Posted By: Aidan L. Clark
Avoiding consumer confusion is the paramount goal of trademark law. Being able to identify a name or slogan—called a mark—with a certain product, service, or source of that product or service, can only benefit a well-running consumer market. As with many of our laws in the United States, they were drafted and codified in an analog-type time. Though, as we’ve moved into a digital-type era, issues and questions have arose about how to apply these laws to the new type of world in which we live. Trademark law is a prime illustrator of this struggle.
First, we should understand what consumer confusion is, as it relates to trademark law. So, what is consumer confusion? Picture this: A close and trusted friend recommends a locksmith to you. She says that Locks-R-Us is reasonably priced, offers fast and efficient service, and that their locksmiths are courteous. In other words, she could not have been more pleased with the quality of service she received from them. Encouraged by your friend’s 5-star review, you seek out Locks-R-Us for their locksmith services, the next time you need your locks changed. You find yourself looking for their phone number in the phone book. You find the number listed under Locks-R-Us, and you make an appointment for service. However, when they show up for the appointment, you find out that they are not the same Locks-R-Us that your friend raved about. And, in fact, they are sloppy, rude and inefficient. They were definitely not who you were looking for. This is consumer confusion.
If more than one locksmith was allowed to use the same name—in this case, Locks-R-Us—within the same area, then how could you tell them apart? How would you know which one was known for their quality of work, and which one was not? Herein lies the potential for consumer confusion, and it is the main reason for today’s trademark laws as we know them.
It is one thing to be confused when a company is listed under the same name in the phone book. But, what if you had gone online to search for Locks-R-Us? Let’s now take it one step further. Let us imagine a third locksmith company of a different name: we’ll call them “We-Do-Locks.” In this hypothetical situation, We-Do-Locks knows of the quality of work of the first Locks-R-Us, and how they have attracted a large customer base—a consumer base that has come to associate the name of Locks-R-Us with a certain level of quality. We-Do-Locks decides to do some online advertising to get more business and more traffic pushed to their website that offers their locksmith services. To advertise their website, they bid on, and buy, certain keywords that customers might plug into their favorite search engine to find a locksmith. For example, they might bid on the word “locksmith,” so that when you search for “locksmith,” their website shows up at the top of the results page. Furthermore, realizing that Locks-R-Us has a good customer base, We-Do-Locks decides to bid on the keyword “Locks-R-Us.” Now, when you search online to find the locksmith that your friend raved about, by their own name, you are presented with the services of We-Do-Locks at the top of your results page. Essentially, We-Do-Locks has pulled a bait and switch. Does this sound fair? I think not.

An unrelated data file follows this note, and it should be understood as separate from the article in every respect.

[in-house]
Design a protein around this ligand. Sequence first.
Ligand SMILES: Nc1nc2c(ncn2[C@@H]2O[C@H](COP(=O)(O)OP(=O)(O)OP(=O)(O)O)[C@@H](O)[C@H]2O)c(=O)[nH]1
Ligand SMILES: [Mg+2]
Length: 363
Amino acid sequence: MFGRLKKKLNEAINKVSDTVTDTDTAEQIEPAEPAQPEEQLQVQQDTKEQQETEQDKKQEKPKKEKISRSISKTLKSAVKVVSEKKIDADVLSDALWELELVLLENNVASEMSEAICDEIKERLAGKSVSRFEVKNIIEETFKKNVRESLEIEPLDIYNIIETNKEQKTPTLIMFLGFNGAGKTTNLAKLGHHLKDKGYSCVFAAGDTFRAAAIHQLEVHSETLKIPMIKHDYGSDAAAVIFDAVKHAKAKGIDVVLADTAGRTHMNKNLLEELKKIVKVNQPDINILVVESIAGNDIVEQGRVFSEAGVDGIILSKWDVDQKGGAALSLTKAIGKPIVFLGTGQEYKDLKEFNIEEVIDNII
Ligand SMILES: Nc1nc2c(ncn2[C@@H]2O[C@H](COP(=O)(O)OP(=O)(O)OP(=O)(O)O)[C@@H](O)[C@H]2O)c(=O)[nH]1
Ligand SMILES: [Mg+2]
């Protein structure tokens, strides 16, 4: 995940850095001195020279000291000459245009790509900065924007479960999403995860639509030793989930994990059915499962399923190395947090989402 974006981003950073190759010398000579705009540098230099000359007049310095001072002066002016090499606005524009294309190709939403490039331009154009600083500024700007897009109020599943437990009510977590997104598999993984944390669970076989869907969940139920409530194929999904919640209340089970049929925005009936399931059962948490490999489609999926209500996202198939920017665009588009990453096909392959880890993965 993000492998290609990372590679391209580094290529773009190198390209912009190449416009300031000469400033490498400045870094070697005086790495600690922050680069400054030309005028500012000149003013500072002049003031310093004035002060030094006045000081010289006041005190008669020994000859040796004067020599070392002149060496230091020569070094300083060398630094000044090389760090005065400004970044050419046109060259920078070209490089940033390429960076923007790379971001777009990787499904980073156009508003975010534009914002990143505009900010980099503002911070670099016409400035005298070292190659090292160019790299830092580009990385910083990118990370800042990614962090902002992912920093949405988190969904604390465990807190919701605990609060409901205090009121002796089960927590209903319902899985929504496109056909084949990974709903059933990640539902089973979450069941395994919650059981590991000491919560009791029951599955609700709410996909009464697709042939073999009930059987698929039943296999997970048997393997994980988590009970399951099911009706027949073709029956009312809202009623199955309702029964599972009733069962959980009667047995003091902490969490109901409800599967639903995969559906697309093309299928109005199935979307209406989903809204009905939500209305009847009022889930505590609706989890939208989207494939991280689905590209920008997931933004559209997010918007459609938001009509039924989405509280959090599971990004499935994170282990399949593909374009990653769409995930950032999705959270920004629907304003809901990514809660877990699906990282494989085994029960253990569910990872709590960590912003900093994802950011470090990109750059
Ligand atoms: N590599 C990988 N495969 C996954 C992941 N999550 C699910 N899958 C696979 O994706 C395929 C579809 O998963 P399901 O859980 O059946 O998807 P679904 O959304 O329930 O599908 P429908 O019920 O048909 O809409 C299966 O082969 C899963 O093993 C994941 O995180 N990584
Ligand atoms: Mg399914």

This example is illustrative of an array of court cases involving litigation and a service called Google AdWords. Referring to our example, Google AdWords is the online advertising service that allows companies or individuals to bid on, and purchase, certain keywords or search terms.
One such case involved a dispute between Tennessee-based liquor company Jack Daniels’ and competing liquor company Sazerac Brands LLC. Sazerac owned and produced a popular cinnamon whiskey that they dubbed the “Fireball,” which turned out to be one of the most lucrative and successful liquors on the market. Not to be outdone, the Jack Daniels’ brand released a cinnamon whiskey of their own, that they called the “Tennessee Fire.” Now, lest we forget how important and valuable a trademark can be: if you’re at a bar, wanting to order a cinnamon whiskey, potential quality of taste aside, which one would be more fun or catchy to say? “Give me a Fireball?” Or, “Give me a Tennessee Fire?” The real situation was obviously not that simple, but I would bet that Jack Daniels’ had a similar thought. Then top it off with the financial success of the Fireball, and you have a recipe for trademark trouble.
The dispute started when Jack Daniels’ allegedly used the term “Fireball” as one of its Google AdWords. A trademark infringement lawsuit was subsequently filed by Sazerac Brands for Jack Daniels’ use of their trademark in advertising. If the prime goal of trademark law is to prevent consumer confusion by protecting a company’s trademark, then can you blame them for being upset by Jack Daniels’ use? The case was eventually settled out of court, with Sazerac Brands filing a voluntary dismissal. However, it’s important to note that the system of Google AdWords does not seem to be friendly to trademark owners.
Google currently has a dispute policy in place for trademark owners to submit complaints about the use of their trademark in AdWords. However, there are examples of trademark infringement cases involving AdWords that have not been favorable to trademark owners. The question that remains has to do with how we will have to treat and interpret trademark law moving forward in the digital age. If one company should be barred from calling themselves by the same name to prevent confusion in the case of a phone book lookup, then why would we treat an online search any differently? One thing is clear, the framers of public policy of this era must find an answer to that question quickly if any clear standard is to be had.